The Lichfield Group also offers “writing services” for newspaper op-eds and letters to the editor, and boasts “connections” with leading newspapers such as the New York Times, the Washington Times, and the Wall Street Journal.

As the TCA’s resident scholar, Fein has penned a number of articles attacking the veracity of the Armenian Genocide in publications such as the Huffington Post (“Recommendations for theArmenian Diaspora,” May 8, 2009; and “Lies, Damn Lies, and Armenian Deaths,” June 4, 2009), the Washington Times (“Tawdry Genocide Tale,” Sept. 2, 2007; and “Armenian Crime Amnesia?” Oct. 16, 2007), and the San Francisco Chronicle (“Armenian Genocide Measure is Misguided,” Oct. 21, 2007).

Ironically, Fein has also worked on behalf of a group that asserts that the Sri Lankan Tamil people were victims of genocide during the long and bloody civil war on the island nation of Sri Lanka.

The money trail

In discussing the TCA and Fein’s work with the coalition, it is necessary to introduce Turkish American entrepreneur Yalcin Ayasli, who invested a large sum of money in founding the TCA, the parent organization of the TALDF. Ayasli was the biggest individual political donor in the 2008 election cycle in the U.S., donating a whopping $424,050 to politicians in both the Democratic and Republican parties, reported the Nashua Telegraph in January 2011.

In 2010, Ayasli, who currently resides in Nashua, N.H., was the 12th most generous political donor in the country. The Telegraph noted that “while the Ayaslis’ donations have tipped toward Republicans recently, a closer look suggests their giving has nothing to do with partisan politics, but rather is aimed toward advancing Turkish-American relations and the interests and image of Turkey in the United States.”

According to the newspaper, “Yalcin Ayasli and groups he supports helped lead the countercharge against bringing the Armenian Genocide Resolution to a vote during the closing days of the 111th Congress.”

In 2007, Ayasli founded the TCA, and donated around $30 million to the organization from his Hittite Microwave Corporation stock. The company, which he founded in 1985 in Chelmsford, Mass., was reported to be worth more than 1.2 billion in 2008, with millions in revenue deriving from government defense contracts. Ayasli is also a founding trustee of the Turkish Cultural Foundation (TCF).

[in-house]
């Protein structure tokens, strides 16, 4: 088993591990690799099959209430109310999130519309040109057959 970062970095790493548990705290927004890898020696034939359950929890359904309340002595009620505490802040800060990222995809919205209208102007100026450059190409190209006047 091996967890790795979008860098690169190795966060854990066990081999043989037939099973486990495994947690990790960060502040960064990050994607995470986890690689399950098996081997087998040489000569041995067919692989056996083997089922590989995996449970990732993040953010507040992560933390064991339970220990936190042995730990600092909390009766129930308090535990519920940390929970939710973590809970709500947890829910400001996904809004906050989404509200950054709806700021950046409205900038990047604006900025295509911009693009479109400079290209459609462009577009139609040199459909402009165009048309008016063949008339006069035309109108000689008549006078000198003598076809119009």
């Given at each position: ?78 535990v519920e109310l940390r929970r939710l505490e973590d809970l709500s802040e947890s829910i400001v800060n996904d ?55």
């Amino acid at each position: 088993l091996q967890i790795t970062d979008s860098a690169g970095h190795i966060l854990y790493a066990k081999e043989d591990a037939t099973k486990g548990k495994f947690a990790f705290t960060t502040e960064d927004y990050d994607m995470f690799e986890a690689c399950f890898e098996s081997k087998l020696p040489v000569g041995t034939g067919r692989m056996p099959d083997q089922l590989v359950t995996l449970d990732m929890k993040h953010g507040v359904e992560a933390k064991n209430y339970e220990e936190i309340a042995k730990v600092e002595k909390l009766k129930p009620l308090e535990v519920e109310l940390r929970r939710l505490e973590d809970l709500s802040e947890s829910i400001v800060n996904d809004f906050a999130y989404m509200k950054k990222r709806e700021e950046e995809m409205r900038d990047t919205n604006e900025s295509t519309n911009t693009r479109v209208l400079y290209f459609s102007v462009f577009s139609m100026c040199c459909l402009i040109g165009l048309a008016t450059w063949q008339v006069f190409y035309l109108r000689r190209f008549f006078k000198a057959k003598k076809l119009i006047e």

The Telegraph further reported that the TCA became “the third-largest sponsor of Congressional travel, spending $545,710 to send five members of Congress and 80 staffers to Turkey since May 2009.”

Up until recent months, the TCA, TALDF, and TCF shared an office suite at 1025 Connecticut Ave., which the TALDF still lists as its office headquarters in Washington, D.C. The TCA and TCF continue to share an office in Concord, Mass., at 48 Jonas Brown Circle, and an office in Washington, D.C., at 1510 H St. NW, Suite 900. Interestingly, all three organizations share the same Washington, D.C. phone and fax numbers.

According to a U.S. Embassy cable released by WikiLeaks, the TCA also “works closely” with the U.S. Azeris Network. The latter “calls on its members to email their government representatives to change U.S. policies regarding the Nagorno-Karabagh conflict,” wrote U.S. Embassy Charge d’Affaires Donald Lu from Baku, adding, “The organization also campaigns against any recognition on a state or federal level of the Armenian ‘genocide.’”

The Ayaslis have also supported Ohio’s Republican Congresswoman Jean Shmidt, who was challenged by Armenian American David Krikorian in Ohio’s second district congressional race in 2008. Schmidt later sued Krikorian for accusing her of accepting “blood money” from the “Turkish lobby.” Bruce Fein, along with his TALDF co-counsel David Saltzman, represented Schmidt in the suit. The House Ethics Committee determined that Fein and Salzman’s legal services, for which Schmidt was not billed and which ran to some $500,000, “constituted an impermissible gift.” The committee found that the TCA had been paying Fein and Saltzman’s legal fees. Schmidt was ordered to pay back the full amount. Schmidt was not reprimanded because of her “apparent lack of knowledge of this arrangement.”

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Here’s a man at the center of a web of sticky special interests, now sitting by the side of a presidential candidate who expressly despises much of what Fein advocates. Ron Paul’s strict non-interventionist stance most likely suits the TCA: inaction only reinforces the status quo of denial and the suppression of justice for the Armenian Genocide. Ron Paul’s followers praise his record of consistent principled votes in Congress. But his association with Bruce Fein raises some serious questions.